Mexico City prosecutors announced Monday they have brought criminal charges against 10 “individuals and companies” for construction and design defects that caused an elevated subway line to collapse in May, killing 26 people.
Ulises Lara, the spokesman for the city attorney general, said the charges are for negligent or involuntary homicide, damages and causing injuries. Lara did not name those charged, in keeping with presumption of innocence rules.
But local media reported they included former city officials responsible when the subway line was built more than a decade ago.
Lara said that no arrest warrants were issued for those involved and that they would be told to appear before a judge at the initial hearing in the case, scheduled for Oct. 25.
Prosecutors say expert studies found the collapse was caused by construction defects like poor welds and missing connection studs. Bad design also allegedly played a role.
In the case of the companies involved, prosecutors have said the goal of the criminal charges is aimed at making them pay for or repair damages both to the subway and the victims. Criminal charges against individuals could apparently result in prison sentences for them.
The prosecutors' report, presented last week, was similar to, but a bit broader than, the conclusions presented by the private Norwegian certification firm DNV in September.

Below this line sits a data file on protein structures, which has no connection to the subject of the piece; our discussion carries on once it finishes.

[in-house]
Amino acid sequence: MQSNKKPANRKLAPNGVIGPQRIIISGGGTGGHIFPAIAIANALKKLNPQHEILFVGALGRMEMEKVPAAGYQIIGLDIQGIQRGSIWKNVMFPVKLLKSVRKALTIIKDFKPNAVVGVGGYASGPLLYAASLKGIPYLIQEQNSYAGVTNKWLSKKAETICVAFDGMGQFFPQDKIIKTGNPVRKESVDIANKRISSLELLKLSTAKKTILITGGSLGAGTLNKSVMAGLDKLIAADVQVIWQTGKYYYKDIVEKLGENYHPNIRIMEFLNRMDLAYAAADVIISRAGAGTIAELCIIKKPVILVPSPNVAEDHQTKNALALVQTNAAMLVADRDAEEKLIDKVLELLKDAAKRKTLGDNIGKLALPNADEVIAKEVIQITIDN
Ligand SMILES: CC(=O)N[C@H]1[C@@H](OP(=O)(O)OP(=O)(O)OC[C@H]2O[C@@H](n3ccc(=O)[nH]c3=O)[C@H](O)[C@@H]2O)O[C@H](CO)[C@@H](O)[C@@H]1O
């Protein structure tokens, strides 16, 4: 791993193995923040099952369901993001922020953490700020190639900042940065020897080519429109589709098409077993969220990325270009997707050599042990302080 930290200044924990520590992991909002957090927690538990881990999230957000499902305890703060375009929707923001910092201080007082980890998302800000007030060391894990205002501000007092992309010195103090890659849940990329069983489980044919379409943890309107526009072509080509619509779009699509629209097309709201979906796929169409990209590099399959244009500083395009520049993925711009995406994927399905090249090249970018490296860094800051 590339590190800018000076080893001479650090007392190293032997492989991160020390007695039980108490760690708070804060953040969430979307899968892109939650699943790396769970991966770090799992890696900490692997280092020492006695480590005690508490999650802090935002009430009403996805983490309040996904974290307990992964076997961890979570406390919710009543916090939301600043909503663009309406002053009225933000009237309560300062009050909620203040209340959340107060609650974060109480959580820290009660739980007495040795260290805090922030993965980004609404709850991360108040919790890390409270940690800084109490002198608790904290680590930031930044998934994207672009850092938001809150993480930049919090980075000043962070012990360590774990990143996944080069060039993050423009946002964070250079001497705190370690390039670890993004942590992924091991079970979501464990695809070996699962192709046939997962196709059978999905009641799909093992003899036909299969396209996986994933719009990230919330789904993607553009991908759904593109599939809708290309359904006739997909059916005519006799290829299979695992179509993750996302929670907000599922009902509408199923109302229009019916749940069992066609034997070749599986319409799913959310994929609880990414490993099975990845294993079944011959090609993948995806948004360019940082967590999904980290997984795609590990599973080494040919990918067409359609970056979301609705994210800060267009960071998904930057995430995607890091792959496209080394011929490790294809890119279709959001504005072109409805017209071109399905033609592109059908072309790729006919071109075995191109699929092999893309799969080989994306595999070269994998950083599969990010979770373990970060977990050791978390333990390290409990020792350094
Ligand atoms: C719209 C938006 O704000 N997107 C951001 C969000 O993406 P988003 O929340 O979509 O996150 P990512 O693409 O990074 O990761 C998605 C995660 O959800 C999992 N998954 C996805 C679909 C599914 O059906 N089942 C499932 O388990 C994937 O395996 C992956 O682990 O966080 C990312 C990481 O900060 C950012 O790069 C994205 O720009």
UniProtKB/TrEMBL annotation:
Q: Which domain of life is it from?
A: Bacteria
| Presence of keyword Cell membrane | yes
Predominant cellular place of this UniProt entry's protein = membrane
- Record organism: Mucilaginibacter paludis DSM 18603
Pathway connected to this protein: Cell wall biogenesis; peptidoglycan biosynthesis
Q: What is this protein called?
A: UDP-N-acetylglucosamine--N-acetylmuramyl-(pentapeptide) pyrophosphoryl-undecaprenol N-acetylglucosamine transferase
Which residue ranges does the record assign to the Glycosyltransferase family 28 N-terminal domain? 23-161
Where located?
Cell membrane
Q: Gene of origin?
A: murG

Both reports cited poorly welded, badly located and completely missing studs that were intended to join steel support beams to a concrete layer supporting the track bed.
But prosecutors also cited bad welds in the steel beams underlying the concrete track bed that either failed to adhere or split. Steel struts intended to stiffen the metal beams were too short or not properly attached, and the elevated line was not designed with enough of a safety margin.
The defects distorted the train line's framework, leading to “fatigue cracks” that reduced the structure's ability to bear weight.
The $1.3 billion Line 12 of Mexico City's metro system was built between 2010 and 2012 when current Foreign Affairs Secretary Marcelo Ebrard was the capital's mayor. Ebrard is seen as one of the likely contenders to succeed President Andrés Manuel López Obrador.
The project was plagued by cost overruns and alleged design flaws, corruption and conflicts of interest.
The city was forced to close the line in 2014, just 17 months after it was inaugurated, so tracks could be replaced or repaired. The section that collapsed has remained closed since May.
Some companies involved in the original construction have since argued that heavier ballast and other changes and repairs over the years may have added too much weight to the elevated line or that it might have been weakened by Mexico City's frequent earthquakes.